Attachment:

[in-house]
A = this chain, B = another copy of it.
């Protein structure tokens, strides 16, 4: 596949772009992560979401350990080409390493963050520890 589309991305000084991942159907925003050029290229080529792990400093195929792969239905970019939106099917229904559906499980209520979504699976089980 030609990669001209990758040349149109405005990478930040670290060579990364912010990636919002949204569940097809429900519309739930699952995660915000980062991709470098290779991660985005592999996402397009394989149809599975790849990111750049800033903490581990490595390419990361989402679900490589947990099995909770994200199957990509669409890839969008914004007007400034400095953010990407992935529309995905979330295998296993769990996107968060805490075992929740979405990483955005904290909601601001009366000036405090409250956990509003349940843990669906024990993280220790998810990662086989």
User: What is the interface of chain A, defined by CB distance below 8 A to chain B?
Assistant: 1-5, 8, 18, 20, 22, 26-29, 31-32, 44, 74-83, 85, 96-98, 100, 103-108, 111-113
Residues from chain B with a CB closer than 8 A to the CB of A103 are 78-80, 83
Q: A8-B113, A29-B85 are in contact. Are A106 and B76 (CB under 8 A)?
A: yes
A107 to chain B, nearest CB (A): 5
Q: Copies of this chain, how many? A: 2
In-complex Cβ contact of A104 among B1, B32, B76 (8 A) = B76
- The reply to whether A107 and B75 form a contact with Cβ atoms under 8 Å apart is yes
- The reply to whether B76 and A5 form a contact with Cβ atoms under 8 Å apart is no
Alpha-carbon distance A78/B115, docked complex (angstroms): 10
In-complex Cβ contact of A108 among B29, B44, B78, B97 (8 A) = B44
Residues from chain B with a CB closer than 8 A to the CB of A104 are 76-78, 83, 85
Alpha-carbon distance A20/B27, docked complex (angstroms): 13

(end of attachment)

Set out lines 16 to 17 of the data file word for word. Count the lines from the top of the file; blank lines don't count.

Residues from chain B with a CB closer than 8 A to the CB of A104 are 76-78, 83, 85
Alpha-carbon distance A20/B27, docked complex (angstroms): 13